I grew up with loving Christian parents who tried to instill in me the best that they knew about the Bible and Christ without being pushy or demanding. For this, I am very grateful! But some of the things I was taught were not necessarily what they had experienced, so much as it was what they too had been taught.
One of these lessons was about a God, that while Scripture said He was loving, was waiting to strike in anger when I made a mistake. This was the God I was afraid of! I still remember practicing how quick I could spit out “Father, forgive me!” in case I was randomly walking and heard trumpets sounding. In fact (like others), I once came home to an empty house and was sure the rapture had happened and I was left behind. I spent what seemed like hours (but was surely only minutes) frantically looking for any sign of life and pondering what I would do when the demons came to take me away, only to have mom walk in the back door from the garden with fresh picked okra and tomatoes in hand.
As I grew and had my own experiences with God, I came to realize this picture was not an accurate portrayal of Him at all. In fact, Peter wrote that “ is patient with you, not wanting anyone to be destroyed or perish, but wants everyone to repent.” That is definitely not a description of a God that is just waiting for me to mess up and stumble.
As I’ve studied and read and experienced Him in my every day, a better portrayal could be found in a story John wrote about in his gospel. In this story, a very close friend of Jesus, Lazarus, has gotten so sick that he passes away. Jesus returns to the hometown of Lazarus with the sole intent “to wake him, so that you may believe.” So Jesus knows He’s about to perform a crazy miracle that will astonish everyone around Him. Yet, upon his entrance to the city, when seeing Lazarus’ sisters mourning, John writes that Jesus weeps with them. In my mind, I’m thinking, “Crying? Really? You know you’re about to drop the power of God and blow everyone’s mind, but you’re going to weep beforehand? Why would you bother?”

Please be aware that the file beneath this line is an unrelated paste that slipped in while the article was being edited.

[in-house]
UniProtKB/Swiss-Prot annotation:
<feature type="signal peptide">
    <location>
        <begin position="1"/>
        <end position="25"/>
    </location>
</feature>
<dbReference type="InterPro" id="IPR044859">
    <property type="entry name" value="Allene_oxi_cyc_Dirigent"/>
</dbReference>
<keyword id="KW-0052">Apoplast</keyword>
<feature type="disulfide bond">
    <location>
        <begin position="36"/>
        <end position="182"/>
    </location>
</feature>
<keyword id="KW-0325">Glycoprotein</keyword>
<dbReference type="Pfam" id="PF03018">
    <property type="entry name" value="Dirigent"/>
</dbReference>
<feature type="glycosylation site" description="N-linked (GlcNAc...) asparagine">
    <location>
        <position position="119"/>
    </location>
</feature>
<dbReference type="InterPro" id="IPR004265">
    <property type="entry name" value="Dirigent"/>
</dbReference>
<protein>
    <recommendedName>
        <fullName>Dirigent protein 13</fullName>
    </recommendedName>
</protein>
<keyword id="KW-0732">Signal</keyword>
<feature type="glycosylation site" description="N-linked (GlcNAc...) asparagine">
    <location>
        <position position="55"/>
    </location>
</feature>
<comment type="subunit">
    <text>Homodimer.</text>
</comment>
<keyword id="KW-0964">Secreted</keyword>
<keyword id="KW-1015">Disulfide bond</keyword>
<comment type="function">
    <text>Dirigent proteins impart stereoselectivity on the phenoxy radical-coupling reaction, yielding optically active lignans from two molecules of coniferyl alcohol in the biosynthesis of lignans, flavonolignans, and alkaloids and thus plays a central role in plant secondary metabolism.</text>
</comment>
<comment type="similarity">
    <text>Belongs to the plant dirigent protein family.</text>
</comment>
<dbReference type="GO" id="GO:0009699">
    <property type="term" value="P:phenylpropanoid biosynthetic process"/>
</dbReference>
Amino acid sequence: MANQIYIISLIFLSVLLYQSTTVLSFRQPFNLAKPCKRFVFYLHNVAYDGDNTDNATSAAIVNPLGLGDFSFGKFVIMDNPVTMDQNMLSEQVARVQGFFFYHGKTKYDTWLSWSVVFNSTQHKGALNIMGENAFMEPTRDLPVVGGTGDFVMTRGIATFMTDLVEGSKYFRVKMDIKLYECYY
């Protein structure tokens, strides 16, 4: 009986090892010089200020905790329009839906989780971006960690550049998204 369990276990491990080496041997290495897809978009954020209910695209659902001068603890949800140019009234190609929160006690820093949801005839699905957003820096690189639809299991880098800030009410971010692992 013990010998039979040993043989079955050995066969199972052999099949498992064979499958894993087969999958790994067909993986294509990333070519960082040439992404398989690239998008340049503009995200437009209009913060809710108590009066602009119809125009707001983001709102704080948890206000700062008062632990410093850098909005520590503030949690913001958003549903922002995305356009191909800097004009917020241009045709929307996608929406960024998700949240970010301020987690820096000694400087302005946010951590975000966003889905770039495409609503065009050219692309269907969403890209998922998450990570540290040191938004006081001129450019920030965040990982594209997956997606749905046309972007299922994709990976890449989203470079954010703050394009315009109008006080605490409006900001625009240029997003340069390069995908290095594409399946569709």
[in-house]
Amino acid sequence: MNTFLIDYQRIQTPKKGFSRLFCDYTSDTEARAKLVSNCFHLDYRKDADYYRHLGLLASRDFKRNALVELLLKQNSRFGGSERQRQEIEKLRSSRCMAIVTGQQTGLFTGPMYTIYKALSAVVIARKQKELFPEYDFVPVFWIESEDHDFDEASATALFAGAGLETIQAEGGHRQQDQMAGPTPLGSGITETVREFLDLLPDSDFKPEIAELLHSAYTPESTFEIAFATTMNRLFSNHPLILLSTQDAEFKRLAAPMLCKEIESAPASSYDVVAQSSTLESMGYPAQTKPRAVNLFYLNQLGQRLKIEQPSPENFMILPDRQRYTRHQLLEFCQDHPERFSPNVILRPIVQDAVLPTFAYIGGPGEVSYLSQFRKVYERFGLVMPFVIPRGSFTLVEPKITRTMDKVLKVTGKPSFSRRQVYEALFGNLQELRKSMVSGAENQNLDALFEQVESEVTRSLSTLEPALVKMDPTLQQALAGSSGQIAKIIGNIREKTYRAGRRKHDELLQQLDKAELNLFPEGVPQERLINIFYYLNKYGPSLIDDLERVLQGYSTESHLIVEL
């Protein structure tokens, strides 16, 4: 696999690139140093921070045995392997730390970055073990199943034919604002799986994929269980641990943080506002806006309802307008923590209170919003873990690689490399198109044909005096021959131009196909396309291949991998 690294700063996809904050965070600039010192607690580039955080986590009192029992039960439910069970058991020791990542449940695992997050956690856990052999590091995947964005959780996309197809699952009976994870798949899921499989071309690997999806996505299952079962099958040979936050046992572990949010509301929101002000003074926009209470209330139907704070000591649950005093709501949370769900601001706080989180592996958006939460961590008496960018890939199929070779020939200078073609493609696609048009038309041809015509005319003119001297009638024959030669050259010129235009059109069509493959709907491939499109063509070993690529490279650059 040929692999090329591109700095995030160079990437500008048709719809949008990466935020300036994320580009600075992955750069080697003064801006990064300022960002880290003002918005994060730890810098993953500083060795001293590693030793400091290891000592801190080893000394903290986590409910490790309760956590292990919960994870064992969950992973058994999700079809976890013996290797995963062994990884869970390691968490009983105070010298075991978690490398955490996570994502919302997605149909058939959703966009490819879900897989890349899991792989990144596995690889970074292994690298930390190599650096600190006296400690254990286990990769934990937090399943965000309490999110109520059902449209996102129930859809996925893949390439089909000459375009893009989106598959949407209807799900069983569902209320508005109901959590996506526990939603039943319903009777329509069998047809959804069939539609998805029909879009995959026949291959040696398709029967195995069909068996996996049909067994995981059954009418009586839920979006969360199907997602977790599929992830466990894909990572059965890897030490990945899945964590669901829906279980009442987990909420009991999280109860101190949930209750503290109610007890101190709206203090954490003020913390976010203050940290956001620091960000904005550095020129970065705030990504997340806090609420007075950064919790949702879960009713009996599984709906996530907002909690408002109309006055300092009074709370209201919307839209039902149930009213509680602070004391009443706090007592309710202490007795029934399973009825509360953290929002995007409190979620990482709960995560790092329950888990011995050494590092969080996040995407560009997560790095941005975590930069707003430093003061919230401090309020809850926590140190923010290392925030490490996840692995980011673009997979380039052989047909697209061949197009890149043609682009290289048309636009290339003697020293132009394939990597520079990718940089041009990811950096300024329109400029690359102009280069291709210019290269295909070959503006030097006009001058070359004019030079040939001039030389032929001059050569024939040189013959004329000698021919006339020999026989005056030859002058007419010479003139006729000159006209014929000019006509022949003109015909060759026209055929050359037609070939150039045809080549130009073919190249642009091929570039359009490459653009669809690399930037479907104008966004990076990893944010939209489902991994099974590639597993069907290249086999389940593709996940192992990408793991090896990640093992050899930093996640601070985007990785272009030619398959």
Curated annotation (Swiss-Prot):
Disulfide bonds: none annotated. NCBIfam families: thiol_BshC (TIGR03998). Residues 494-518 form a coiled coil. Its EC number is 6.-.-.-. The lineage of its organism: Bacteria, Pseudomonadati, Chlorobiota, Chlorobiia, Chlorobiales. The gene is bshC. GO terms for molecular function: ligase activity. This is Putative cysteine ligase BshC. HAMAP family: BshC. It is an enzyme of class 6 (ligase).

As I study this, I realize that this is a beautiful picture of a God that isn’t vengeful or spiteful, but more of a God who has a passion and a heart for His people. Even though Jesus knew what was about to happen, that didn’t lessen the pain the sisters were feeling in the present. And although the sisters could rejoice in knowing that one day, at the Resurrection, they would see Lazarus again, the heartache and brokenness were that he wasn’t with them now. Jesus was all about comforting them in the now.
For me, this applies to my every day in a way that is almost unimaginable. Jesus knows my past mistakes, I know my past mistakes, and yet He says I’m forgiven because I’ve called on Him. But, maybe even greater, He not only knows my past mistakes, He knows the mistakes I’ll make tomorrow, a year from now, 5 years from now, even twenty plus years from now. And yet, knowing that I may betray Him tomorrow, He still loves and comforts me now!!!
I don’t know what your background is, or what you’re preacher, priest, minister or even parents did or did not teach you about God. But let me assure you of one thing… He loves you, unconditionally! He knows your past mistakes (and your future faults as well) and yet still wants to comfort you in the now. God is for you, not against you, and wants that none should perish, but that all should find everlasting life. This is who He is, this is the love that He has for us all. A heart of passion that wants that nobody should pass without experiencing a personal, loving relationship with Him.
(If you would ever like to find out more about a personal relationship with Christ (it’s easy), or have something that you need prayer about, or are just looking to chat, please message us through our facebook page (www.facebook.com/cfparis), and myself or one of our staff members would love the opportunity to get back with you!)
Click here to read more from Cory,
our positive thoughts contributor.